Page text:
The Times West Virginian

WVU Sports

January 21, 2011

HERTZEL COLUMN: WVU men exposed in latest loss

MORGANTOWN — For most of the time that sat between West Virginia University’s classic upset of No. 8 Purdue at the Coliseum and West Virginia’s Classic upset at the hands of Marshall in Charleston, Bob Huggins preached one of his pet theories.

“It’s the game after the game,’’ WVU coach Bob Huggins said. “That’s where people get upset.”

Pulling off an upset is wonderful, but to make it matter it must be sustained.

“If we don’t go down [to Charleston] and win, all that we had done will be for naught,” Huggins said.

Now in the hallway that sits under the stands that ring the Charleston Civic Center Coliseum court where Marshall’s jubilant players just a half hour earlier had pulled off the 75-71 stunner over WVU, Huggins was asked about that statement and if it still rang true.

Speaking out from sad eyes with his voice not far above a whisper, his vocal cords having become frazzled from trying to be heard about the roar of a frenzied sellout crowd as he sent instructions to his players and criticism toward the officials, Huggins did not back down.

“Absolutely,” he said. “Do you think we are going to be in the Top 25 next week? We just gave away everything we worked so hard to get.”

The Mountaineers had crawled up off the carpet after having been rolled over by Marquette in Milwaukee to string together four consecutive victories, one on the road at Georgetown, one over a Purdue team that had been ranked No. 8 in the nation.

Huggins had done a masterful coaching job up to that point in a season after Da’Sean Butler and Devin Ebanks headed to the NBA. He shaped Casey Mitchell into the scorer he came in as, he had found a way to get big Deniz Kilicli to play in his system and he had developed John Flowers into a star, much as he had done the same with Joe Alexander.

Then along came this game and the truth about this West Virginia team was exposed, despite as furious and unbelievable a comeback as they almost pulled off, erasing a 24-point Marshall lead in the second and whittling it down to four points in defeat.

But it was as Huggins had suspected it was.

“We are not good enough,” he said.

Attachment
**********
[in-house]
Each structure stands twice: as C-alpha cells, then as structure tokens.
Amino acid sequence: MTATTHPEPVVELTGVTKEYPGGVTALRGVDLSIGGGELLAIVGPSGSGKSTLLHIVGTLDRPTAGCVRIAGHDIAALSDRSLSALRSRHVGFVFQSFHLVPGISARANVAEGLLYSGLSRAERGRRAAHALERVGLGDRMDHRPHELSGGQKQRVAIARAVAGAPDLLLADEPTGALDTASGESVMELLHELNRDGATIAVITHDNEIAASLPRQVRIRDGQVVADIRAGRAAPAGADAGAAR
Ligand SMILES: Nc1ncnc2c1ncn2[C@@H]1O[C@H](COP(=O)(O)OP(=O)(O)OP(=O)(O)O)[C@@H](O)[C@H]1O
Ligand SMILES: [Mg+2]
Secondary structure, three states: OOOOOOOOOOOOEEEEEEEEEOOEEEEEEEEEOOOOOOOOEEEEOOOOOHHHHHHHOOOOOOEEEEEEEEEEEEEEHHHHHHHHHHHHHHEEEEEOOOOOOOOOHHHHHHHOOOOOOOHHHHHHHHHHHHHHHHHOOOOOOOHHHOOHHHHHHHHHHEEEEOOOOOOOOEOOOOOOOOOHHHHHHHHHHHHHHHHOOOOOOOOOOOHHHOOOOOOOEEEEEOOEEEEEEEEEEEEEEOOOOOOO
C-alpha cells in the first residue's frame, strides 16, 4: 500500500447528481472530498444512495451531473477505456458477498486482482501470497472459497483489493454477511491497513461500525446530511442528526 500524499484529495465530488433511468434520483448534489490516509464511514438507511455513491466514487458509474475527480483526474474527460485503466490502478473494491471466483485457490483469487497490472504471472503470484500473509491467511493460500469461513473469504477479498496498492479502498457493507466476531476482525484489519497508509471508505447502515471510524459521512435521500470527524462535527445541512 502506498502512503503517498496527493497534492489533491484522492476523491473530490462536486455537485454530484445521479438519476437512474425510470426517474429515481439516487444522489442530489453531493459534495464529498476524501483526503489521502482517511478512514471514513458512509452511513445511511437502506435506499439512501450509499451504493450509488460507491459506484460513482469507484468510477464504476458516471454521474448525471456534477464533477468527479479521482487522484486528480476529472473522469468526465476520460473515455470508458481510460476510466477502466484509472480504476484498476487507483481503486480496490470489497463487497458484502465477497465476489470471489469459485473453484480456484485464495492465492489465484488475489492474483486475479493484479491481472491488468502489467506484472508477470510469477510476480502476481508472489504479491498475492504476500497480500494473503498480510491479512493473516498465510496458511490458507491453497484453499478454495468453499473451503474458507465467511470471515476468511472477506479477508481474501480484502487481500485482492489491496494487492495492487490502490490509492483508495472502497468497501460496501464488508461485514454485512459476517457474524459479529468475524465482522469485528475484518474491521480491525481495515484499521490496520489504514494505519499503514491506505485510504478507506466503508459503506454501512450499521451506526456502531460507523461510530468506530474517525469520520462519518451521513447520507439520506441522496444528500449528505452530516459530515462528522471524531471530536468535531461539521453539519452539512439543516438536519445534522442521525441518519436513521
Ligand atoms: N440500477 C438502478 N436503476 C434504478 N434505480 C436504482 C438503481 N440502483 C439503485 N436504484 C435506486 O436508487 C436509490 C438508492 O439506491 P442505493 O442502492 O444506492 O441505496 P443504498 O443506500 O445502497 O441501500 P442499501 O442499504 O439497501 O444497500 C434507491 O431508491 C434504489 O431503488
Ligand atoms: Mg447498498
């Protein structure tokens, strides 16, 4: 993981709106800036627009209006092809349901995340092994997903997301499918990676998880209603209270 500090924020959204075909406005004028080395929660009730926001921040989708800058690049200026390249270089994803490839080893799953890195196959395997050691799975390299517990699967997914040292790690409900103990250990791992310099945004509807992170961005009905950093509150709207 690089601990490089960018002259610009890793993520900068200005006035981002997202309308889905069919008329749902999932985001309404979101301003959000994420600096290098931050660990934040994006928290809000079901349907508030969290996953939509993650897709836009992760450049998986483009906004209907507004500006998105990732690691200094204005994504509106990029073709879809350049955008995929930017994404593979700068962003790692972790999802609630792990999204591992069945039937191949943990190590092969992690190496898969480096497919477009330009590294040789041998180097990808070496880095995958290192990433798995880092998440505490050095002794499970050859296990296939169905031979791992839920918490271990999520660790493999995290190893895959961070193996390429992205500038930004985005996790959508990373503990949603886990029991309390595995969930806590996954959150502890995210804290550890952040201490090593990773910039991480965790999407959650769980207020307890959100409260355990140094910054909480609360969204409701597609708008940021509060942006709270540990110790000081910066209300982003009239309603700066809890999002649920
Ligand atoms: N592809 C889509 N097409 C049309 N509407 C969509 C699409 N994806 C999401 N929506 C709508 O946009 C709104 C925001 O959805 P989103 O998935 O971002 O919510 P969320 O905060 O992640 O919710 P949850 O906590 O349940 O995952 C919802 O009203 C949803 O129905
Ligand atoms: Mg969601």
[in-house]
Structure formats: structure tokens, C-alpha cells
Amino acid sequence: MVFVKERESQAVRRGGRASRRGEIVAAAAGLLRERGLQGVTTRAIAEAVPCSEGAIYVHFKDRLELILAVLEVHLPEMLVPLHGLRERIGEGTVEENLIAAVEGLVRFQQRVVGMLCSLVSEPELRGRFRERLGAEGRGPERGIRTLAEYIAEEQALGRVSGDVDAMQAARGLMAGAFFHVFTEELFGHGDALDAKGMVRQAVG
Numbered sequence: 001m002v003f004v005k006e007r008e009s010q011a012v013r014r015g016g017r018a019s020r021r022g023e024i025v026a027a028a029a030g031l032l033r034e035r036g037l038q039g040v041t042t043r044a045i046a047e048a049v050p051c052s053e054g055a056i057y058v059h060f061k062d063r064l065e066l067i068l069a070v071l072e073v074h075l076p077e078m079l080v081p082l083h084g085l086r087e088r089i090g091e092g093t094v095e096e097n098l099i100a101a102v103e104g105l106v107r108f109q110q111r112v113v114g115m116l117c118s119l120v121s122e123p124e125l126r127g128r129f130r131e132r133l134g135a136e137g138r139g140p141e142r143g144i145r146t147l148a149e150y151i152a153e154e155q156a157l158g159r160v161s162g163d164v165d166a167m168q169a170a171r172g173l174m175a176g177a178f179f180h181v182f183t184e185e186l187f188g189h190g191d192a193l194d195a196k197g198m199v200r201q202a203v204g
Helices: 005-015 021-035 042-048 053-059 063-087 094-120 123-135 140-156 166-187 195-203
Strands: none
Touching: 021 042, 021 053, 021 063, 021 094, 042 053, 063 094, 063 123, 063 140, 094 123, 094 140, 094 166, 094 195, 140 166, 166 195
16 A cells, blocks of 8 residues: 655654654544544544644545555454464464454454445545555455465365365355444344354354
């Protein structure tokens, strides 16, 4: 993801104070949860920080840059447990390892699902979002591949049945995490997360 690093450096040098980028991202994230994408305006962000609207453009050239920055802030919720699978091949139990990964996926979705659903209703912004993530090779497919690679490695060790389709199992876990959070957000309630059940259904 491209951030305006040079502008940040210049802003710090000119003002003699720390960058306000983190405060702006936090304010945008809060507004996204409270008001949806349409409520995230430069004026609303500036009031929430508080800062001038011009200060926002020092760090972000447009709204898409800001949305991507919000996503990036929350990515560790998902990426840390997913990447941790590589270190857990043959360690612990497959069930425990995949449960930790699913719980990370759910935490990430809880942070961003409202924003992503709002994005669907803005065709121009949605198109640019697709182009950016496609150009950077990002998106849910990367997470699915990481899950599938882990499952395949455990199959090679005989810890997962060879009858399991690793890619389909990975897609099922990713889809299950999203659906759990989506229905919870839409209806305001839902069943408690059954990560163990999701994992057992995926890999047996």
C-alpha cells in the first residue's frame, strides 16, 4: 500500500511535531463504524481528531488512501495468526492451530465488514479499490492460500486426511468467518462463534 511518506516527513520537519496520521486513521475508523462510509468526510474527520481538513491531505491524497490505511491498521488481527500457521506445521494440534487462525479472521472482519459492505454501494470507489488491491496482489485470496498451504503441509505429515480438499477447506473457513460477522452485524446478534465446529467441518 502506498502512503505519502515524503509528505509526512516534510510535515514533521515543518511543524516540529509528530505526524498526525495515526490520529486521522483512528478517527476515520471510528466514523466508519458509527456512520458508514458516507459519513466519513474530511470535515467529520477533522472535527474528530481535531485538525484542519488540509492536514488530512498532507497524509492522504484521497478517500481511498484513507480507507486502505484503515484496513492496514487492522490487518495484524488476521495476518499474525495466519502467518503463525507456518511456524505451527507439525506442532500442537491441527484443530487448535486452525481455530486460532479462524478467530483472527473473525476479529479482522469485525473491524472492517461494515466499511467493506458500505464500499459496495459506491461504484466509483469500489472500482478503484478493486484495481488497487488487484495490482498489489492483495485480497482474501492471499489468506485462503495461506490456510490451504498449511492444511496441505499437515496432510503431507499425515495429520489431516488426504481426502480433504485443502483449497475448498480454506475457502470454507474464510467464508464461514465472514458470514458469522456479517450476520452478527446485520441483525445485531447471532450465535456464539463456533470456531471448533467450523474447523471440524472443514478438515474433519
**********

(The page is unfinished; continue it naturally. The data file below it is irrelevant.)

In the end, it comes down to talent and what you come to learn quickly is that this is not a tremendously talented team as individuals.

“We don’t have good enough players not to play together,” is the way he put it.

There really is no one who is capable of consistently getting a shot on his own. Casey Mitchell is the closest and has grown into a pretty good scorer, but he can be shut down, as has been proven far too many times over the last year and a half.

Deniz Kilicli can score down low, as he showed with four consecutive baskets against Marshall, one after taking an offensive rebound under the basket, skying and performing a difficult over-the-head, backhand dunk.

But he becomes a liability when Huggins has to go to certain defenses and until he gets that down he is going to be a partial player.

Kevin Jones is a solid player who can score, but his buckets come from doing the dirty work on the offensive boards and being the go-to guy on many of the offensive sets.

Flowers really has become the most dynamic of the Mountaineers, scoring 16 points on four of six shooting from the field and 6 of 8 from the free throw line.

The problem is that his teammates don’t seem to have yet realized what Flowers has become and in a game like the Marshall game he certainly should be taking more than eight shots. Over his last three games he has scored 24, 15 and 16 while hitting 18 of 24 shots, five of six from 3-point range.

That is 75 percent shooting from the floor.

Still, the emphasis seems to be on Mitchell and Jones rather than Flowers. Players seem more content on trying to take over a game themselves rather than finding the real scoring opportunities. Six assists against Marshall make a strong case for that, guards Truck Bryant and Joe Mazzulla taking seven more shots between them than Flowers, yet making one fewer combined.

“I have a hard time getting through to these guys that if we don’t play together and play as hard as they’re capable of playing then we’re not going to win and we’re not going to beat people,” Huggins said.

Maybe now, the players understand.

“It bothers me we weren’t ready to play,” said Kevin Jones. “We knew where we were at four games ago, and we knew we didn’t want to be in that spot again … That’s a cause for concern, and we need to refocus.”

“We’re right back to where we started when we lost to St. John’s and Marquette,” added Joe Mazzulla. “We tried to not let the win affect us … It’s just hard to match the intensity of that team tonight.”

E-mail Bob Hertzel at

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